By Jim Hynes, Making A Scene

The Grammy-winning Pacific Mambo Orchestra (PMO) was founded in 2010 by Mexican-born pianist Christian Tumalan and German-born trumpeter Steffen Kuehn. The 20-piece ensemble is the only active Latin Big band on the US West Coast, comprised of some of the Bay Area’s top talent. In addition, this aggregation has collaborated with some of music’s biggest names including Carlos Santana, Poncho Sanchez, Pete Escovedo, Herbie Hancock and Prince. Now in their tenth year, as the title suggests, this is their third recording, leveraging their independently produced crowd-funded self-titled debut that earned them a Grammy for Best Tropical Latin Album in 2013. They followed with Live from Stern Grove San Francisco in 2017 which brings us to this special recording.

As with previous efforts, the band blends an array of Latin styles including Timba, Cha Cha, Mambo and Bolero with classical and pop sounds to define their singular approach. As such, they deliver danceable melodies, intelligent arrangements, stellar musicianship, and palpable energy across the nine tracks that feature special guests. They are Grammy-winning percussionist Dafnis Prieto ( a bandleader himself), Grammy-winning trumpeter Jon Faddis who has played on hundreds of recordings stretching back to early Blood, Sweat, and Tears, among others; renowned vocalist Herman Olivera and acclaimed guitarist Alex Britti.

The album begins in true Latin style but eventually includes two Dizzy Gillespie tunes, two classical adaptations, and a cover of Chaka Khan’s hit “Through the Fire.” Said another way, it has four Mambo/Salsa songs, one Bolero and four instrumentals “Mr. B’s Mambo” is a direct nod to “The Big 3”: Machito, Tito Puente and Tito Rodriguez. The lead vocalist in Braulio Berrera with  a trombone solo from Mike Rinta. Danceable fare continues with “Mi Carnaval,” written and sung by Christelle Durandy. The first of the classical pieces is an amazing arrangement by co-leader Tumalan of Sergei Rachmaninoff’s “2nd Piano Concerto: that pays homage to the piano concertos of the Romantic Period while infusing it with Danzon, Mambo, Guaguanco and even Tango rhythms.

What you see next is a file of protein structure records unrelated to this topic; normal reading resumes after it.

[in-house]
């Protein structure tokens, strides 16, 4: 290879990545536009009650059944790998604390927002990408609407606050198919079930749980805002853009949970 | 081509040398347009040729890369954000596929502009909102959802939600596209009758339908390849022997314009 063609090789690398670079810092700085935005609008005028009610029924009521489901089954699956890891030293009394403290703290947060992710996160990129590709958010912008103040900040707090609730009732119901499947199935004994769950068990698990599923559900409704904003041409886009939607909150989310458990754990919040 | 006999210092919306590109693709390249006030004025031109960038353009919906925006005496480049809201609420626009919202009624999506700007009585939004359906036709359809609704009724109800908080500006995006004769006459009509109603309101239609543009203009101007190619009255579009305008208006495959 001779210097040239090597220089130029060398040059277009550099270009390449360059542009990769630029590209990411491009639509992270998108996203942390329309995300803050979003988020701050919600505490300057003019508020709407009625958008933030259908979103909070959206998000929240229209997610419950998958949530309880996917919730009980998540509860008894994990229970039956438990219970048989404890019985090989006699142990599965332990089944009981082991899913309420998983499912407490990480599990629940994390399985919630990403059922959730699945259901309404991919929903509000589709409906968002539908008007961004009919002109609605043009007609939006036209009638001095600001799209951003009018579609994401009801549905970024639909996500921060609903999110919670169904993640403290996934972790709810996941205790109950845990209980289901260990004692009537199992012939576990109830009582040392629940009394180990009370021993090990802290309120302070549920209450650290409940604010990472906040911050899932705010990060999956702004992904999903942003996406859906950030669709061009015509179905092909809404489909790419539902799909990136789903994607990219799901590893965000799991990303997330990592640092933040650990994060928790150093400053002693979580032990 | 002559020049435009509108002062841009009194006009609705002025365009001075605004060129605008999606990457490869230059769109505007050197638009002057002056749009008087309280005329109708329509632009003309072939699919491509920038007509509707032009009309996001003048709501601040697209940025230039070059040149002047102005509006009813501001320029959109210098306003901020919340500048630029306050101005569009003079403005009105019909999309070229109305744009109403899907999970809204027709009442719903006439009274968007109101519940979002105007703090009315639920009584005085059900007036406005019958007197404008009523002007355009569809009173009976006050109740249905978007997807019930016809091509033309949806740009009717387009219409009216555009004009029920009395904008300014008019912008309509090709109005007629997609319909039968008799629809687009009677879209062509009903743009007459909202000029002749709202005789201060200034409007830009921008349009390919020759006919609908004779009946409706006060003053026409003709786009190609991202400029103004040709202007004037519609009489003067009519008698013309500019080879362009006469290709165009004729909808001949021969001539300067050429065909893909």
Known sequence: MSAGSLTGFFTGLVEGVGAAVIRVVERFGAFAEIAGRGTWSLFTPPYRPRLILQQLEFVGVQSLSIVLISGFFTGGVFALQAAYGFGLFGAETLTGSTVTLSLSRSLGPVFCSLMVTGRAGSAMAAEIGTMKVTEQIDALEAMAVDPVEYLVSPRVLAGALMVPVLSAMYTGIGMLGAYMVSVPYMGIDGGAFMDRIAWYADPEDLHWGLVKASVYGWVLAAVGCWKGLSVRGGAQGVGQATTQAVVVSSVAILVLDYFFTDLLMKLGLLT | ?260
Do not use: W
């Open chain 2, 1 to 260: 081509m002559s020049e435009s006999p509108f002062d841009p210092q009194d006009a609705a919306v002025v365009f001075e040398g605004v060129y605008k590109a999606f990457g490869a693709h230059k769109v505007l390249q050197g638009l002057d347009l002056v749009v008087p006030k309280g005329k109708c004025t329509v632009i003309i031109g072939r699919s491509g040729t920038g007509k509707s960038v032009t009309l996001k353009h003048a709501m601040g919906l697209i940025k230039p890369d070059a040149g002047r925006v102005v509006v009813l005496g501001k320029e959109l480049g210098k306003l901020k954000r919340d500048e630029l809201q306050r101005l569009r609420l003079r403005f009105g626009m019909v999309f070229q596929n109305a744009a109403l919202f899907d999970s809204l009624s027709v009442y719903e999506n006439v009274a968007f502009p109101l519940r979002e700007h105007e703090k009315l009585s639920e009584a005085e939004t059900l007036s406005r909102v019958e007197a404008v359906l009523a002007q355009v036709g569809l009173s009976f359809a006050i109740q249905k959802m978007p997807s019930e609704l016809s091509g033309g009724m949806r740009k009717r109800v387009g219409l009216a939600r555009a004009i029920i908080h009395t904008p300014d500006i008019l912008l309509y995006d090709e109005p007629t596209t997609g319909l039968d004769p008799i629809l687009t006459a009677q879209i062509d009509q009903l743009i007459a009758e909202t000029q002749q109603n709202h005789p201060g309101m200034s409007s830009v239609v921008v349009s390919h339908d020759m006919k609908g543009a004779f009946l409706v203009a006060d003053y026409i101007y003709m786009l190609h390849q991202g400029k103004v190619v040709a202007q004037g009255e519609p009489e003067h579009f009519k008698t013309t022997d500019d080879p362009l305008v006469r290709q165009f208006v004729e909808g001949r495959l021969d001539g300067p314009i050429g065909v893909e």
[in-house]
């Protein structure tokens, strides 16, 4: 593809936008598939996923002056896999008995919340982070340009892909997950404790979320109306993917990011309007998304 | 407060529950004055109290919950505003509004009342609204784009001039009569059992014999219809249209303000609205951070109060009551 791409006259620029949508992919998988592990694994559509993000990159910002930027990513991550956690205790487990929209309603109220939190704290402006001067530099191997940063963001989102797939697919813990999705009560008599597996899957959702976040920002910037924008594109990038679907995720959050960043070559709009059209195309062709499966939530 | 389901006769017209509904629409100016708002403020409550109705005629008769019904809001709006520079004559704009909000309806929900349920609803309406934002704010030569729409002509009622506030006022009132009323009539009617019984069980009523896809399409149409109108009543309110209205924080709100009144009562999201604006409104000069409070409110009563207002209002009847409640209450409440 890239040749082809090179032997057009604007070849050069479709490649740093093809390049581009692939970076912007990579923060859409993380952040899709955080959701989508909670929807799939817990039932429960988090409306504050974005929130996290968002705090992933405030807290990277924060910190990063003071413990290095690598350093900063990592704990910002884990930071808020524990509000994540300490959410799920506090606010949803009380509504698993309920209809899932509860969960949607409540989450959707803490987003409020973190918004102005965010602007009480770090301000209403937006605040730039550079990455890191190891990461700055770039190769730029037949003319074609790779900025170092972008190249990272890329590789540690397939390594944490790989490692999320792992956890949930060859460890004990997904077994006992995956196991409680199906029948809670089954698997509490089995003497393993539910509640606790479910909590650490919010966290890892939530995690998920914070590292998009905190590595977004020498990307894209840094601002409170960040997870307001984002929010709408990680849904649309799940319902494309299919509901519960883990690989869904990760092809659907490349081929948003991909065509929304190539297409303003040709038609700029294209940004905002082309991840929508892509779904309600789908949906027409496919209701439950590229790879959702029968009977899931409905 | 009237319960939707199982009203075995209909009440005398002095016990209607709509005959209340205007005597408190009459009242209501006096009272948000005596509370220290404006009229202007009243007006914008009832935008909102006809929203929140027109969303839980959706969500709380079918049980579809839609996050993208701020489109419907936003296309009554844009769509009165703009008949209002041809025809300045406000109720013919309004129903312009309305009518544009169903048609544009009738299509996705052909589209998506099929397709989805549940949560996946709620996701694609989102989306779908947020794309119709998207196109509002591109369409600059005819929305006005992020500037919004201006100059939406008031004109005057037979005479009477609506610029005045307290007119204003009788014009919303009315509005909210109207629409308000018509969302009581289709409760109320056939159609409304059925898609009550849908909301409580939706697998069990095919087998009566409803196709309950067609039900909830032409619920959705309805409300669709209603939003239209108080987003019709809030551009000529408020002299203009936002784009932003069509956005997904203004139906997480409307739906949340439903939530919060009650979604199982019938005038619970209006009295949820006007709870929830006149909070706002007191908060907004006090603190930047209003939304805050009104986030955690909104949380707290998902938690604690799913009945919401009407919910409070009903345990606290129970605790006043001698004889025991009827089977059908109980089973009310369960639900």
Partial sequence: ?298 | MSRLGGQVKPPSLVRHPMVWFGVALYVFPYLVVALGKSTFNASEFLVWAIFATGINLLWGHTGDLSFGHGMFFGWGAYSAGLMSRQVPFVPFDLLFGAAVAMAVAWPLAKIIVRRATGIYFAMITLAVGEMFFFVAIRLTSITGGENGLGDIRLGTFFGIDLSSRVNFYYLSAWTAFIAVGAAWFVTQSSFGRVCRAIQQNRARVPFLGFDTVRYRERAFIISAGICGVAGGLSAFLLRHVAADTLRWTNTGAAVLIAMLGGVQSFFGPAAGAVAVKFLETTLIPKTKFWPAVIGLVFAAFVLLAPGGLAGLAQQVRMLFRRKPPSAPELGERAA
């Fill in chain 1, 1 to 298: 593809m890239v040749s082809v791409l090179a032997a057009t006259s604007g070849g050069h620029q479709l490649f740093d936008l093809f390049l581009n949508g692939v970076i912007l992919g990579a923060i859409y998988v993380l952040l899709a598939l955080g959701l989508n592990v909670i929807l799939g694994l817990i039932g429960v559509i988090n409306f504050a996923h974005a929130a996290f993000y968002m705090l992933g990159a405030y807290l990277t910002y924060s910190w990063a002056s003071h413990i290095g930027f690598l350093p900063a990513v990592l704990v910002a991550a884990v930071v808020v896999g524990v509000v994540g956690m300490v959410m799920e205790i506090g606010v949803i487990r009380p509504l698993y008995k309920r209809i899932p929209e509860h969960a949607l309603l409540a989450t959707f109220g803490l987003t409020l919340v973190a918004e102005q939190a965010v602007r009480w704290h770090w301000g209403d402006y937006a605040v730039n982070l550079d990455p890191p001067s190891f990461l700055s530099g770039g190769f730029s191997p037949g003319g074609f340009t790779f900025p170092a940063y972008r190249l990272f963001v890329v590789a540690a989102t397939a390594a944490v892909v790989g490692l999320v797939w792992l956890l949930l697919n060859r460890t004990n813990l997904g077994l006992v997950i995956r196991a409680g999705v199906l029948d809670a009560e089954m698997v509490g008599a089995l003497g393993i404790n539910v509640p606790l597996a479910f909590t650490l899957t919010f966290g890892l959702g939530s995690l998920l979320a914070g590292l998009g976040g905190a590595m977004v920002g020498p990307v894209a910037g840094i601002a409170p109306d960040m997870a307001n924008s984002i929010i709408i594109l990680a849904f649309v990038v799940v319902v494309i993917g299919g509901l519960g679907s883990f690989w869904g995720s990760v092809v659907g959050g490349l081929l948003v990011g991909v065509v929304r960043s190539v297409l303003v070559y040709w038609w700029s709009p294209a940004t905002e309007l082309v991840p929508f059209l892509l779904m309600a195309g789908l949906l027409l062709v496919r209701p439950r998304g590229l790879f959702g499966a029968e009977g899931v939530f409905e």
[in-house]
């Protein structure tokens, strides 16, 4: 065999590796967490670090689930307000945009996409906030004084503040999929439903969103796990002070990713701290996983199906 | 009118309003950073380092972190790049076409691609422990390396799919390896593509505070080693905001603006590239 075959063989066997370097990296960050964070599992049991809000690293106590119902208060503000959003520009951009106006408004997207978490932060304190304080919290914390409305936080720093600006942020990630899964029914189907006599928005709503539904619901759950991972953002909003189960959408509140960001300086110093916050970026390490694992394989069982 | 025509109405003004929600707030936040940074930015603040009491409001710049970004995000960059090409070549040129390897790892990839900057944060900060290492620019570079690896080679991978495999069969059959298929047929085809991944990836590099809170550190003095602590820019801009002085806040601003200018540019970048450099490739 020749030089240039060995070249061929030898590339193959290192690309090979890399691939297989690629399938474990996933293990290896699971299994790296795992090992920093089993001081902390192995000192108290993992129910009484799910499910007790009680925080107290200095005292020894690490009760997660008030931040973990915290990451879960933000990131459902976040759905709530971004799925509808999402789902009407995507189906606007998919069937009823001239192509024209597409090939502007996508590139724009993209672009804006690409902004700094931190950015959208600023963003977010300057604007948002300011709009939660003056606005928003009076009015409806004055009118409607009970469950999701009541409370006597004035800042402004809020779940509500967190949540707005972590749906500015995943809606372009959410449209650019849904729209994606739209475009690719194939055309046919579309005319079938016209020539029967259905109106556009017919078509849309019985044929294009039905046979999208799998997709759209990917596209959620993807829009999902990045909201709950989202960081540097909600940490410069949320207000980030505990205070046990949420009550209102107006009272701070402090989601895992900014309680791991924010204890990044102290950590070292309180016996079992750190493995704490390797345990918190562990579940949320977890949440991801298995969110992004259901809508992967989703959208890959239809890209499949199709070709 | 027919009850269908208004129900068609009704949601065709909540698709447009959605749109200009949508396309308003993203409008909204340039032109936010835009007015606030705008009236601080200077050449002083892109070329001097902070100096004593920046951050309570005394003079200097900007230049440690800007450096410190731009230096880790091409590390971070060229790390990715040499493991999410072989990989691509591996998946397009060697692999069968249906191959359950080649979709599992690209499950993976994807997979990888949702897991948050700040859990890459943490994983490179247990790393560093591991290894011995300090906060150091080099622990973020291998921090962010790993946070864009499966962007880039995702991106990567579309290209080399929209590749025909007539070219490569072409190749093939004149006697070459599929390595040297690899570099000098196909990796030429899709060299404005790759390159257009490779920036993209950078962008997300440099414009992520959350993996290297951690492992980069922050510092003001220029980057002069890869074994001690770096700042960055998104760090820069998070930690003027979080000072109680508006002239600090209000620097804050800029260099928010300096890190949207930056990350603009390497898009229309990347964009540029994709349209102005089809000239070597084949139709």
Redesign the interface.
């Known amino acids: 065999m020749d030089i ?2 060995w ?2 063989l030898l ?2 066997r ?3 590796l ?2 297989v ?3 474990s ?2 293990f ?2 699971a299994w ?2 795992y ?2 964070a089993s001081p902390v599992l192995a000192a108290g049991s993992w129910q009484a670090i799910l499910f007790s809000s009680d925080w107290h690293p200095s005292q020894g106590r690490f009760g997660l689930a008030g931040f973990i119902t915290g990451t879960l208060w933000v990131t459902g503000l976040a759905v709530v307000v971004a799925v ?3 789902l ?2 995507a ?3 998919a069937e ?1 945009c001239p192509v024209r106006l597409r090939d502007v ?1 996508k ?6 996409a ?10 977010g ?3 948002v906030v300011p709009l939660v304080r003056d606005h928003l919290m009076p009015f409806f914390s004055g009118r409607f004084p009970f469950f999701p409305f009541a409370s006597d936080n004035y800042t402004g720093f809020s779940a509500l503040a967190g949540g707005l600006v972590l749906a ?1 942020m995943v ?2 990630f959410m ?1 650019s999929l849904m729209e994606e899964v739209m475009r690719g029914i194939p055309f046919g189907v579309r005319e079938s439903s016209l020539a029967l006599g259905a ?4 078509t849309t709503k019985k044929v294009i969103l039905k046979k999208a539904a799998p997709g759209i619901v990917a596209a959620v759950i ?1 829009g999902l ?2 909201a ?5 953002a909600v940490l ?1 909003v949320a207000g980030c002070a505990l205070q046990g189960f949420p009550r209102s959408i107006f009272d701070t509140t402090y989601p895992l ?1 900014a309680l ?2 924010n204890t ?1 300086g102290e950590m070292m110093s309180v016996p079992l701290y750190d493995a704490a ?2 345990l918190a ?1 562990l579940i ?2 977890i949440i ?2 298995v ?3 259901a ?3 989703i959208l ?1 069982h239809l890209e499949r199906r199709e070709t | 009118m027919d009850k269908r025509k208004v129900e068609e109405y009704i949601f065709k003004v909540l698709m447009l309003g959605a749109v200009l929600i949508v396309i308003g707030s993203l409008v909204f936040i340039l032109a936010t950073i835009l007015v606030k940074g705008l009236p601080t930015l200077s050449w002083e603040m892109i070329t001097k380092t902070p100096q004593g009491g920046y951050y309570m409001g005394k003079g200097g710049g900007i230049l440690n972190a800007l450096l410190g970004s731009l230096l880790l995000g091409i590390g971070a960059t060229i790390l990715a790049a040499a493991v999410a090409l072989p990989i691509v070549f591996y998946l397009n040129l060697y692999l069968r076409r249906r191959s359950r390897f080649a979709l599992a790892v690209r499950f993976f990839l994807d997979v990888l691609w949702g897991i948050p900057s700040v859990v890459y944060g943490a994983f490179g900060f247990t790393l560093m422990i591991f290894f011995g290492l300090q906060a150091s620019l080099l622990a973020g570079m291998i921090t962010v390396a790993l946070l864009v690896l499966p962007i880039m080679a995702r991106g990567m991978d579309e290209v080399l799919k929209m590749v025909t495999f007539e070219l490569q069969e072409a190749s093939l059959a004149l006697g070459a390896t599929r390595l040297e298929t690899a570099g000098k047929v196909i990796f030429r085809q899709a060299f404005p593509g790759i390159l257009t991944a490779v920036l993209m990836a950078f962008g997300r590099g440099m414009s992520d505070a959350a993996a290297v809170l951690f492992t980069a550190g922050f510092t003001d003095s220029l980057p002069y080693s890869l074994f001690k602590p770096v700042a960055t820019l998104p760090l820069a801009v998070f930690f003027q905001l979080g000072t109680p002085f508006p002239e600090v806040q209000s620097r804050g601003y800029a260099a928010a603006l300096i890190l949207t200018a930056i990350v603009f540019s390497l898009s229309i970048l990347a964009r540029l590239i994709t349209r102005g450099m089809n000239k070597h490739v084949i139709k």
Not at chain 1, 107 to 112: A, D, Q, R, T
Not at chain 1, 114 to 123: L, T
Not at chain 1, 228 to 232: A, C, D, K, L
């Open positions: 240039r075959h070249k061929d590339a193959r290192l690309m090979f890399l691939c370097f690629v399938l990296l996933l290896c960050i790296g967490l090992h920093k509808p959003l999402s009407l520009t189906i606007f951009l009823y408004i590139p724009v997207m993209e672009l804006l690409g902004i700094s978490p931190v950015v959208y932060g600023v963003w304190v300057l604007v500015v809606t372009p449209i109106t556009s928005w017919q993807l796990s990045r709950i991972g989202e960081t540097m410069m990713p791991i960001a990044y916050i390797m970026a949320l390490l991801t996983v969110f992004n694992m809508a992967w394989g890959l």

“Le Temps d’un Horizon” is a beautiful bolero with lyrics in English and French with Durandy and Armando Cordoba on vocals as co-leader Kuehn solos on flugelhorn. The two Dizzy tunes are the classic “Night in Tunisia” spotlighting the impeccable drumming of Prieto and the stratospheric trumpet solo from Faddis; while “Birks Works” gives guitarist Britti his chance to stretch out. Guest Herman Olivera sings the Yoruba-inspired “Omi Ye Ye’” elegantly per usual. Chaka Khan’s horn-infuses tune features Cordoba on vocals with an alto solo from Doug Rowan while Kuehn takes a trumpet solo on the closer, an arrangement of Aaron Copeland’s “Fanfare for the Common Man.”

This is PMO’s second studio recording and one that should again put them in Grammy contention for their imaginative arrangements, variety of material, and inspired performances.

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